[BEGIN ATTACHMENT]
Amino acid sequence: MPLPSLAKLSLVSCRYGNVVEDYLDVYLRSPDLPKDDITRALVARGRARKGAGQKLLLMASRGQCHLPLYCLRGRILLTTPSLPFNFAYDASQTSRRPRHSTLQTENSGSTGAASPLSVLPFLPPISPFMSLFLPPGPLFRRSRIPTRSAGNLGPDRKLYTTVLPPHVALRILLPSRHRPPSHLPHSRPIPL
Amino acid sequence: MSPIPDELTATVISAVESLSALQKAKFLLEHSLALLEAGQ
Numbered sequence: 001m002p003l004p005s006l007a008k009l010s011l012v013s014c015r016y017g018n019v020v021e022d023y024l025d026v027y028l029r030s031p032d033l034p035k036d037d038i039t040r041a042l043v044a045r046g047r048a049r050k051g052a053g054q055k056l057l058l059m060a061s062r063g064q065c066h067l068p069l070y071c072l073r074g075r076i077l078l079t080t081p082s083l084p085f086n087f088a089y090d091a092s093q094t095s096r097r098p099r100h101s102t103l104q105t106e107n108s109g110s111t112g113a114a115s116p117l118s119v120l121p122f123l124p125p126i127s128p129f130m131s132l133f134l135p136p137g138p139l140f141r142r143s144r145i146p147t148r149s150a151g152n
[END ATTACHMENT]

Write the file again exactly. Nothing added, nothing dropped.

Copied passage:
Amino acid sequence: MPLPSLAKLSLVSCRYGNVVEDYLDVYLRSPDLPKDDITRALVARGRARKGAGQKLLLMASRGQCHLPLYCLRGRILLTTPSLPFNFAYDASQTSRRPRHSTLQTENSGSTGAASPLSVLPFLPPISPFMSLFLPPGPLFRRSRIPTRSAGNLGPDRKLYTTVLPPHVALRILLPSRHRPPSHLPHSRPIPL
Amino acid sequence: MSPIPDELTATVISAVESLSALQKAKFLLEHSLALLEAGQ
Numbered sequence: 001m002p003l004p005s006l007a008k009l010s011l012v013s014c015r016y017g018n019v020v021e022d023y024l025d026v027y028l029r030s031p032d033l034p035k036d037d038i039t040r041a042l043v044a045r046g047r048a049r050k051g052a053g054q055k056l057l058l059m060a061s062r063g064q065c066h067l068p069l070y071c072l073r074g075r076i077l078l079t080t081p082s083l084p085f086n087f088a089y090d091a092s093q094t095s096r097r098p099r100h101s102t103l104q105t106e107n108s109g110s111t112g113a114a115s116p117l118s119v120l121p122f123l124p125p126i127s128p129f130m131s132l133f134l135p136p137g138p139l140f141r142r143s144r145i146p147t148r149s150a151g152n